Trio of sophomores carry Michigan past Spartans
The Michigan men’s basketball team has been waiting for a game like it had on Sunday for nearly a year.
It’s been anticipating it since forward Glenn Robinson III announced his return last April, since guard Nik Stauskas emerged as the team’s top player this season and since guard Caris LeVert surfaced as the Wolverines’ most-improved player.
Michigan has been waiting to see the sophomore trio — each capable of single-handedly taking over a game — do so together. On Sunday, when the three shared, shot and scored in ensemble fashion, the result was a 79-70 win over Michigan State.
Stauskas, LeVert and Robinson combined for 63 points — the most between them all season, scoring 25, 23 and 15 points, respectively.
In the first half, LeVert stepped up. With Stauskas and Robinson taking just seven shots, LeVert attacked the rim to keep the Wolverines in the game by himself. He scored 14 points on 5-of-10 shooting from the field in the first 20 minutes, and his buzzer-beater 3-pointer as time expired at the end of the half helped cut Michigan State’s lead to just two. The corner three cut what was once an 11-point deficit into a one-possession game and gave the Wolverines the momentum heading into the second half.
“It was kinda a bang-bang play,” LeVert said. “(Michigan State guard Gary) Harris got a layup at one end, and they probably thought the half was going to be over, and I just snuck out in transition and Nik found me. … Us getting the last bucket, that was big for us, big for our crowd.”
In the second half, LeVert took a back seat, and Stauskas and Robinson took control. The two combined for the first 18 points of the second frame.
With 13 minutes left in the half, Stauskas finished a layup to tie the game at 48. Just more than a minute later, he pulled up and knocked down a jumper at the top of the key to pull Michigan ahead by two points — a lead it wouldn’t give back. In his best half of the season, Stauskas shot 7-of-10, including three treys, finishing with 21 points in the frame.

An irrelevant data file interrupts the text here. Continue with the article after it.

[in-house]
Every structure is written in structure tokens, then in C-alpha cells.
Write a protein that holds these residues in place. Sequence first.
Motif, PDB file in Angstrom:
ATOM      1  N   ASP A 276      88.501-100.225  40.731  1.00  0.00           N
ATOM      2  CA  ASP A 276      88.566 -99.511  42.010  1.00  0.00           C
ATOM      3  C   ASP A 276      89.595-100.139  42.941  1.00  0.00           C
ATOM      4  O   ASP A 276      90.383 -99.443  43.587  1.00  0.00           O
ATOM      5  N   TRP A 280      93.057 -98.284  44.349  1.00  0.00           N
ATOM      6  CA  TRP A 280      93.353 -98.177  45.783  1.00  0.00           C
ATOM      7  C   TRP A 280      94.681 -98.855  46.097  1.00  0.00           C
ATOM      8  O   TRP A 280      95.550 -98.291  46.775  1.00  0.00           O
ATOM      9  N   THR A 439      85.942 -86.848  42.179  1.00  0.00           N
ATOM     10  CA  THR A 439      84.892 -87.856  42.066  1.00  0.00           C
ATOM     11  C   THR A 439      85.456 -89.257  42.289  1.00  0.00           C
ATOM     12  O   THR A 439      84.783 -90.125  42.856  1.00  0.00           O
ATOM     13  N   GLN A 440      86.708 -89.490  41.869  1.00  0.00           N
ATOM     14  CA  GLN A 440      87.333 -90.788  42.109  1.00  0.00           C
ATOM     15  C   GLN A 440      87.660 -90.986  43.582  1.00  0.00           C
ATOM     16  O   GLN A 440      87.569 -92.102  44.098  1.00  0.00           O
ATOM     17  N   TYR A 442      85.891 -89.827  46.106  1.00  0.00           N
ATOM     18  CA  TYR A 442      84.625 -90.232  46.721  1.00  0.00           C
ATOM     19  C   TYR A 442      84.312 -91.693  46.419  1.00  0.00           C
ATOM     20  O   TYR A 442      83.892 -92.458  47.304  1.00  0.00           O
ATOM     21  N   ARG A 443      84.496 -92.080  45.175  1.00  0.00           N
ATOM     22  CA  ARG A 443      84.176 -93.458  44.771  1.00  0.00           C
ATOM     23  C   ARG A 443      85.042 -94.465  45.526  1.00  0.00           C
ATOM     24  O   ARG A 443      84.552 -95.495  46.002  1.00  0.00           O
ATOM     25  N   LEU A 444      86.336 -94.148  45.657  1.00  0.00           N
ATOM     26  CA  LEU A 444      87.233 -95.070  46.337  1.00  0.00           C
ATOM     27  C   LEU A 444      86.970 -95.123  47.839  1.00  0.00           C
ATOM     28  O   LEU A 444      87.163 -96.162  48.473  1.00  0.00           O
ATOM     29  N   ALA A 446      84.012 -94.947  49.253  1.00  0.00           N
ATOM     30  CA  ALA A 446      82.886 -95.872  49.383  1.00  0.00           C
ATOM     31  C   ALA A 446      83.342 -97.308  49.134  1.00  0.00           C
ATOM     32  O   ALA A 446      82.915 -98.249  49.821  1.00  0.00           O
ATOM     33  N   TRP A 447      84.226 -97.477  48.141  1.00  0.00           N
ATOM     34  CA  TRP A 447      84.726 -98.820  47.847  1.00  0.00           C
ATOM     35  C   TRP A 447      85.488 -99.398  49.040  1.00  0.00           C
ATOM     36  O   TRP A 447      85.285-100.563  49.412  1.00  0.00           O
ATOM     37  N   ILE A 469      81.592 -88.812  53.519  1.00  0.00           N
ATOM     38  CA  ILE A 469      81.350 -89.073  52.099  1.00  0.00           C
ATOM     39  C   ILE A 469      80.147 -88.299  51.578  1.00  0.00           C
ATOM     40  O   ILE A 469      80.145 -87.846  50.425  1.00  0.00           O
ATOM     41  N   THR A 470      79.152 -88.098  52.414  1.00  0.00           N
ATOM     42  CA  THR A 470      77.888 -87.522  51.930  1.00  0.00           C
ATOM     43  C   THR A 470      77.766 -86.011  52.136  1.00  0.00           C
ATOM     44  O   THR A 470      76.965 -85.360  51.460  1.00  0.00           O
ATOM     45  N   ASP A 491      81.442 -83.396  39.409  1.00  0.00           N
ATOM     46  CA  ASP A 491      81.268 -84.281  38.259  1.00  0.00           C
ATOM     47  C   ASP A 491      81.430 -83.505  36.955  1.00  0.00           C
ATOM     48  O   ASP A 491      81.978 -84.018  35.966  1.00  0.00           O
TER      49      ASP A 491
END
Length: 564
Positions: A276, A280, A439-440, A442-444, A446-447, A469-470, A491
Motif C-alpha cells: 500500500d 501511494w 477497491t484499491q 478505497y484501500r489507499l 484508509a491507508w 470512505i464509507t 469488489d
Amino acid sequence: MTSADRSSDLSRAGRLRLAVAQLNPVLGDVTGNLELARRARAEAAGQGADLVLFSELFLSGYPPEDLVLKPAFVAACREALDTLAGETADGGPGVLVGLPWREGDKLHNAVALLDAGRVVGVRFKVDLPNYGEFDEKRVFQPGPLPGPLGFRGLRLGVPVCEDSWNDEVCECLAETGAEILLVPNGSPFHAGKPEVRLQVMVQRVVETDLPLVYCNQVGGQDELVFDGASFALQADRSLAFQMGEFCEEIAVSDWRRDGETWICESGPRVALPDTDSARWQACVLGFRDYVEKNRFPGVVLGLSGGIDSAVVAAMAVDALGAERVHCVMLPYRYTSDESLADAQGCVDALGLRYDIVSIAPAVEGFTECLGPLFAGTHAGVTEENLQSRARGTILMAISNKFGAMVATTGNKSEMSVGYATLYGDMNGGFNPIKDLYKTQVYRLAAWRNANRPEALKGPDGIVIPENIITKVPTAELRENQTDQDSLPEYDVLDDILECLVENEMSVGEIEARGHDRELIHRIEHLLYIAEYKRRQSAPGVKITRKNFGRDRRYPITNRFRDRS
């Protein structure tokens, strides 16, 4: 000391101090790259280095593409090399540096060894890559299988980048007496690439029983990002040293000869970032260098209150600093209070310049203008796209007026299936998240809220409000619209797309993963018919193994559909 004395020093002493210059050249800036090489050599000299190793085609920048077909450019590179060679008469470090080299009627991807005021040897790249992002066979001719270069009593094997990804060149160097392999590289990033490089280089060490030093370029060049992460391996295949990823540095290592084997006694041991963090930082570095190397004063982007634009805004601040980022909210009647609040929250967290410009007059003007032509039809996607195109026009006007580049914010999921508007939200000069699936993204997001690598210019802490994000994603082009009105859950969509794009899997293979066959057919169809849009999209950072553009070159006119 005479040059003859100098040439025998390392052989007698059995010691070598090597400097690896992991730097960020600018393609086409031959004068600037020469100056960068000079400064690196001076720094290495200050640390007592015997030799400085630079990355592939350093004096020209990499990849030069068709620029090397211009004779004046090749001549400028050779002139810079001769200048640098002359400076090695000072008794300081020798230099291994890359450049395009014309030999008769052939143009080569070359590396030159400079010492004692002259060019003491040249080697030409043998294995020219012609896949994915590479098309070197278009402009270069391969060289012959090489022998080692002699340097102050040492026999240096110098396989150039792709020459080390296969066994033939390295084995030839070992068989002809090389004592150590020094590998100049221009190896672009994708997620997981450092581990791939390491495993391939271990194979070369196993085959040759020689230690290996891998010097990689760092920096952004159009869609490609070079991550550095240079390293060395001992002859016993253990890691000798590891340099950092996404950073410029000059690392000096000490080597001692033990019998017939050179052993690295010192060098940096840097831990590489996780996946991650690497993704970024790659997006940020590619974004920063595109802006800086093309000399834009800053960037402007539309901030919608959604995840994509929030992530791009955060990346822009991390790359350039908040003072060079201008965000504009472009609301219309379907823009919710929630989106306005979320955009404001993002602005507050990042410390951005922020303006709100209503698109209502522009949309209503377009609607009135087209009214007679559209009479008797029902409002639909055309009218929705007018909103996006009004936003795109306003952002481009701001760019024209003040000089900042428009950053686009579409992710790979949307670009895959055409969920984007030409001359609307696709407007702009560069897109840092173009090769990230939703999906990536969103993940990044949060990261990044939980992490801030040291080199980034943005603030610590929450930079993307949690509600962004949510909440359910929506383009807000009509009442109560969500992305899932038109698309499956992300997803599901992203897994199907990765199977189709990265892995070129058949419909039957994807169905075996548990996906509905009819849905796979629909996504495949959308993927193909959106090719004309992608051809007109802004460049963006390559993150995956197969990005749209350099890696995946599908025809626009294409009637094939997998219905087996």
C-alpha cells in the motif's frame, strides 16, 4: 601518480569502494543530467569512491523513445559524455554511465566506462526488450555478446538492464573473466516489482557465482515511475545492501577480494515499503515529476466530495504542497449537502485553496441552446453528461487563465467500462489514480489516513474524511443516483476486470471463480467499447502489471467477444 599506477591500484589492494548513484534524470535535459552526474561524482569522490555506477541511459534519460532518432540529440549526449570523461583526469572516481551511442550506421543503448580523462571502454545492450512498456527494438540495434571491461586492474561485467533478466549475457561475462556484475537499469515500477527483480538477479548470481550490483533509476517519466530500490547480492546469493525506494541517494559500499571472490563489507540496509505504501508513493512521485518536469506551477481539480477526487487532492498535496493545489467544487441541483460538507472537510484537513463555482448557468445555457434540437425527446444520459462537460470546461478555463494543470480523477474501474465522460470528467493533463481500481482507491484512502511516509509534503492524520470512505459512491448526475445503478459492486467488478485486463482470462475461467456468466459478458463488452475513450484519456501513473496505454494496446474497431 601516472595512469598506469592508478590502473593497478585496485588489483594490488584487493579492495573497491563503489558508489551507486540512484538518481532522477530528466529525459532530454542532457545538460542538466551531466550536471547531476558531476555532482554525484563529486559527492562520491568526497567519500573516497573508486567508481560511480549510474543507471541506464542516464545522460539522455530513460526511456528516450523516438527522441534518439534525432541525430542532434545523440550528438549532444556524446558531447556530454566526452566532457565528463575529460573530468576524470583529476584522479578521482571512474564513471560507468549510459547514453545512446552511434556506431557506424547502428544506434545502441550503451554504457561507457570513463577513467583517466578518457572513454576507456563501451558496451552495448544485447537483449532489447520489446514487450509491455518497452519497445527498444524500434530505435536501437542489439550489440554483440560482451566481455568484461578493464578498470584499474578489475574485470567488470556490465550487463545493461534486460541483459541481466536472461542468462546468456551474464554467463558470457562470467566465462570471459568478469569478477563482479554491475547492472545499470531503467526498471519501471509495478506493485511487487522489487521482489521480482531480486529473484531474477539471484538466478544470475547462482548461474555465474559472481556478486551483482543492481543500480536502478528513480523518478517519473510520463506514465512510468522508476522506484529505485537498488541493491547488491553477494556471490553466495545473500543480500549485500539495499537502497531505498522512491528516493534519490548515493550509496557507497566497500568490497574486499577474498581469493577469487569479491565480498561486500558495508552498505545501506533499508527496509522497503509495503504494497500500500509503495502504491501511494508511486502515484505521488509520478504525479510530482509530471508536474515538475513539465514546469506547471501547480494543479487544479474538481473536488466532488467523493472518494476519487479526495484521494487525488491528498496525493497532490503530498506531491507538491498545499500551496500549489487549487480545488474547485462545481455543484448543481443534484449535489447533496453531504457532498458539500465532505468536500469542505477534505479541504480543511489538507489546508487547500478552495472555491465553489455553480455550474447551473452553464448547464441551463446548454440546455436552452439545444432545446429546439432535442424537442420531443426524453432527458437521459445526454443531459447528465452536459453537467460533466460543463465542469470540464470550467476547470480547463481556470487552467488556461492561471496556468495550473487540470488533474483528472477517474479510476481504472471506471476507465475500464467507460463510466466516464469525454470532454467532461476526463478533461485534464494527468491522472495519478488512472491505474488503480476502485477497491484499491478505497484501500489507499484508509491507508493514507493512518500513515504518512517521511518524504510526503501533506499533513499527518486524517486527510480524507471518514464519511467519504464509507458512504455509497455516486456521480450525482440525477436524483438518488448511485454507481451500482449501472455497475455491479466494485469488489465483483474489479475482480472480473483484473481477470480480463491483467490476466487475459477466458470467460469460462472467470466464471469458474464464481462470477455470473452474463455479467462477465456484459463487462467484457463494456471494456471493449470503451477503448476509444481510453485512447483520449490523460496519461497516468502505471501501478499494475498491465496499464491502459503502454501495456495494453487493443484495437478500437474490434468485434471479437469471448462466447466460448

With 2:33 left in the game, Stauskas penetrated toward the hoop, drawing two Spartan defenders, and then tossed an alley-oop dunk to a wide-open Robinson. Robinson reached behind his head for the ball, threw the dunk down and drew the Crisler Center crowd to its feet.
“When I threw it, I thought it was a horrible pass because it was way behind him,” Stauskas said. “And he kinda paused in the air and reached back. It was a great play by Glenn.”
The 6-foot-6 forward had 11 points in the half including two free throws down the stretch to help seal the deal for the Wolverines.
“I think all three of us were feeding off each other,” Robinson said. “For them two, they’re shooting the ball well, or driving, that (makes it) easy for my cuts.”
Added Michigan coach John Beilein: “Everybody was really connected the whole game. We had no one ball-begging. We had no one not willing to share the ball because they hadn’t had a shot in a while.”
It was just the fourth time in Big Ten play this season that each member of the threesome has scored in double digits. They accomplished the feat on the road against Nebraska and in both of their games against Wisconsin. In Michigan’s upset of the then-third-ranked Badgers in Madison, the three sophomores combined for 57 points. On the season, when they’re all in double figures, Michigan is 6-2, with the two losses coming against then-No. 1 Arizona, and at home against Wisconsin.
Sunday was a glimpse at what could be when Stauskas, LeVert and Robinson all perform at the top of their games. It’s a team that can play the top-ranked Wildcats until the final possession, hand the Badgers their first loss at home this season and down a state rival in the most anticipated home game of the season.
“We’re a team that likes when other people succeed,” LeVert said. “We really love each other out there. So when we see one guy’s got it going, we just try to get him the ball as much as possible.”
Unselfish and sharing the load is how the sophomore trio has set the Wolverines up for a chance to control their own destiny and take home the conference title.